June 22, 1941, the longest day of the year, began on a beautiful, clear summer night. High school students across the Soviet Union were celebrating graduation, many returning home in the early hours. At 3:00 a.m. that day, Nazi Germany had set into motion Operation Barbarossa, a carefully planned, devastating strike against an unsuspecting Soviet army and people. Three million German soldiers, with 150 divisions, 3,500 tanks and over 2,000 planes descended along an 1,800 mile front from the Baltics to the Black Sea. By dawn, Bialystok, Kiev, Brest, Grodno, Rovno, Kovno, and the ports of Tallinn and Riga were under intense bombardment; the number of civilian and military casualties surged. Finally, at noon, Soviet citizens heard on their home radios and on public megaphones Foreign Minister Vyacheslav Molotov’s address to the nation: “Today at four o’clock, without any declaration of war and without any claims being made on the Soviet Union, German troops attacked our country.” The government assured its citizens that the Soviet victory would be swift and painless. Reality would prove dramatically different.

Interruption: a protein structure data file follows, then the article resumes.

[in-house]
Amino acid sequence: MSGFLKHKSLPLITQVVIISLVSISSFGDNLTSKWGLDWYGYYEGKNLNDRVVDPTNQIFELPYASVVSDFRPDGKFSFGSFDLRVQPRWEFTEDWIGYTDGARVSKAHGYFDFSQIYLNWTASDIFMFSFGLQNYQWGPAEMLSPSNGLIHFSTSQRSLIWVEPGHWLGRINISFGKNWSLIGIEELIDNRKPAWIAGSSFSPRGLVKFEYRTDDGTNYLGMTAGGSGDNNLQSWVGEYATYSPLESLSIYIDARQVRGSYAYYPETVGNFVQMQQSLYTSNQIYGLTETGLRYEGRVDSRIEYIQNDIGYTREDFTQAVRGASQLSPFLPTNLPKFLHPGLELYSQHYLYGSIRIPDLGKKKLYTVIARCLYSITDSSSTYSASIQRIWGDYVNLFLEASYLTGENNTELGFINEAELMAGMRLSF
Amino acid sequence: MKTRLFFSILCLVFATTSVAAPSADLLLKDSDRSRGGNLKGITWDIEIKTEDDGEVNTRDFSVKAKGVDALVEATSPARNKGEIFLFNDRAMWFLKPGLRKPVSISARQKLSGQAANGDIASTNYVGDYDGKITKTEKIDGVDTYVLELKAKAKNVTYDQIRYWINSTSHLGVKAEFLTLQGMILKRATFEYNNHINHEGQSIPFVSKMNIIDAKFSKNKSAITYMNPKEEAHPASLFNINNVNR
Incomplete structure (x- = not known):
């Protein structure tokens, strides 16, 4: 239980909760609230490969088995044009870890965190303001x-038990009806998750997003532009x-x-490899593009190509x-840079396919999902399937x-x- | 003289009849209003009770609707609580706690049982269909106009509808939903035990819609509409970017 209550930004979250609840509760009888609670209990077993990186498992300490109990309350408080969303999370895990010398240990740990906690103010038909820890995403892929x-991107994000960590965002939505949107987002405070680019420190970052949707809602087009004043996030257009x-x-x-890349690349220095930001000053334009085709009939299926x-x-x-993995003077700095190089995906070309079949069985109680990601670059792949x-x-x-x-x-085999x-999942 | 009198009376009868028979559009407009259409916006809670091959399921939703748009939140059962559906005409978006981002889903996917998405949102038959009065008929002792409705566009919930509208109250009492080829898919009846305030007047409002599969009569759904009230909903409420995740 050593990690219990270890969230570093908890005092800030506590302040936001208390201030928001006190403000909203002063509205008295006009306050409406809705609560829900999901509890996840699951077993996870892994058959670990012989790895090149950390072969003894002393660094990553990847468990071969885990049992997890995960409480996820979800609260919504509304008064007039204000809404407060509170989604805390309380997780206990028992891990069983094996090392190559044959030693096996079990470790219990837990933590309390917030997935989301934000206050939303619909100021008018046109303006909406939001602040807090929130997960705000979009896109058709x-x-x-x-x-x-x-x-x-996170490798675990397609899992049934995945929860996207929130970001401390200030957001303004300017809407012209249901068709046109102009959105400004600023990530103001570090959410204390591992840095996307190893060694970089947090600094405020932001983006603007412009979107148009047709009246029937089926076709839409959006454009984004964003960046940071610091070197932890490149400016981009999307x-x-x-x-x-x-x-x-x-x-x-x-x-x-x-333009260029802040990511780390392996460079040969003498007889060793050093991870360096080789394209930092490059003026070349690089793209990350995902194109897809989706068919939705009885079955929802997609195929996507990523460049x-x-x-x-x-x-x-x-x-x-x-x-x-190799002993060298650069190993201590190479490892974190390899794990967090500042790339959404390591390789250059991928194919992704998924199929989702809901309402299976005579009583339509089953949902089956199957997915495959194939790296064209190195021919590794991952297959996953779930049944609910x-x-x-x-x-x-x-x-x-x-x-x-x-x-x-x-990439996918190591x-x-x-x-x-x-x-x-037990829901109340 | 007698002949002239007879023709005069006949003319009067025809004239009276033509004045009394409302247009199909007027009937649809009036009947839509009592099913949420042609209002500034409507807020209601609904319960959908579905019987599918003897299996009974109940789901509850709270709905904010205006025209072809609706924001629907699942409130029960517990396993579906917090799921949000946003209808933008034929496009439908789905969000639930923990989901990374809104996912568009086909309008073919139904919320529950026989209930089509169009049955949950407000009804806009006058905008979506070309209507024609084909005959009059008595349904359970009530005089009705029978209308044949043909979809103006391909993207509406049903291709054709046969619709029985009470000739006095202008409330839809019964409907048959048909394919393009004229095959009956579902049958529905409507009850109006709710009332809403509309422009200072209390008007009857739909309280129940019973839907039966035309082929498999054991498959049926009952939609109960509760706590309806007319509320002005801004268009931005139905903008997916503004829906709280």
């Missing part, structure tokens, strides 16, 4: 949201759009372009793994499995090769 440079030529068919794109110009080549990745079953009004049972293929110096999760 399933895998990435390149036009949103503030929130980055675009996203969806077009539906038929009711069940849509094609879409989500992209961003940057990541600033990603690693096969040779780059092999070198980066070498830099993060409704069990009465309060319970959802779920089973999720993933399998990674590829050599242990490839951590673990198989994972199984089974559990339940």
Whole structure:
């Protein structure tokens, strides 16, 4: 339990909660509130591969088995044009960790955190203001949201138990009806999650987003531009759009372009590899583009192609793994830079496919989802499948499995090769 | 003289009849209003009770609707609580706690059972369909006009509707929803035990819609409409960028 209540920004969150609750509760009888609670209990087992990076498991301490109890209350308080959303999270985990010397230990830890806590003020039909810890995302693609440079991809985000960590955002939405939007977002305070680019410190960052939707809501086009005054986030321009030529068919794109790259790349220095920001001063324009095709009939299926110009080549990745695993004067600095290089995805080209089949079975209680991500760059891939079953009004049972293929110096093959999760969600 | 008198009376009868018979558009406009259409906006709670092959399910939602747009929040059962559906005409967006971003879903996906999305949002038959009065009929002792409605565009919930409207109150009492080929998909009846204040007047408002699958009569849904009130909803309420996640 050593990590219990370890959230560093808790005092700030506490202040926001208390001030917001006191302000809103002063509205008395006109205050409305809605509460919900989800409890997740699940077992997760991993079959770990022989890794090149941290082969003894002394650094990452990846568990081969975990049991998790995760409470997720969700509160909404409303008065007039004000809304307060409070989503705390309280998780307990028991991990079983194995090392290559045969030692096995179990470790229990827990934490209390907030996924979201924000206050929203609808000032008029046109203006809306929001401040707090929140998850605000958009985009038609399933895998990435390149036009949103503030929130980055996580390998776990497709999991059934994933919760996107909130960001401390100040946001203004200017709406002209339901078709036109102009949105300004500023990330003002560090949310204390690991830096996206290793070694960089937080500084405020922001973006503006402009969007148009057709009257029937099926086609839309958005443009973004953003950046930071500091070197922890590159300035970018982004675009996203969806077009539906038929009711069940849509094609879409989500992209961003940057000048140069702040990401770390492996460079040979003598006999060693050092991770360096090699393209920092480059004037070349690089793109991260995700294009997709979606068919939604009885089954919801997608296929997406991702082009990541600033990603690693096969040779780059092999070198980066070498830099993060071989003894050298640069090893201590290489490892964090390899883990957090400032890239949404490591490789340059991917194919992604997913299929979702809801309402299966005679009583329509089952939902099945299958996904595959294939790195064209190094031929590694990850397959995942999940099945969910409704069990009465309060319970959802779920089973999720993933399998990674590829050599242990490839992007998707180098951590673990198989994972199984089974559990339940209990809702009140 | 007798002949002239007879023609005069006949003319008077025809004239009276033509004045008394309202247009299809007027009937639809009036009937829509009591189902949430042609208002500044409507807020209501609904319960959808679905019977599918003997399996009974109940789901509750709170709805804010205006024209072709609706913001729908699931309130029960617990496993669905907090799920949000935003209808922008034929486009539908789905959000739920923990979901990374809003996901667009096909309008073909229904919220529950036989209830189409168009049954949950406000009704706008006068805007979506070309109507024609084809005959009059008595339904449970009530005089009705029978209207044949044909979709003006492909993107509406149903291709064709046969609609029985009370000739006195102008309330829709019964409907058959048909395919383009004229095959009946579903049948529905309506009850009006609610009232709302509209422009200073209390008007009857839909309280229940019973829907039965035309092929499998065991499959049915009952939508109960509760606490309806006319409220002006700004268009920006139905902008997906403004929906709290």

On June 22, the shadows of bombs.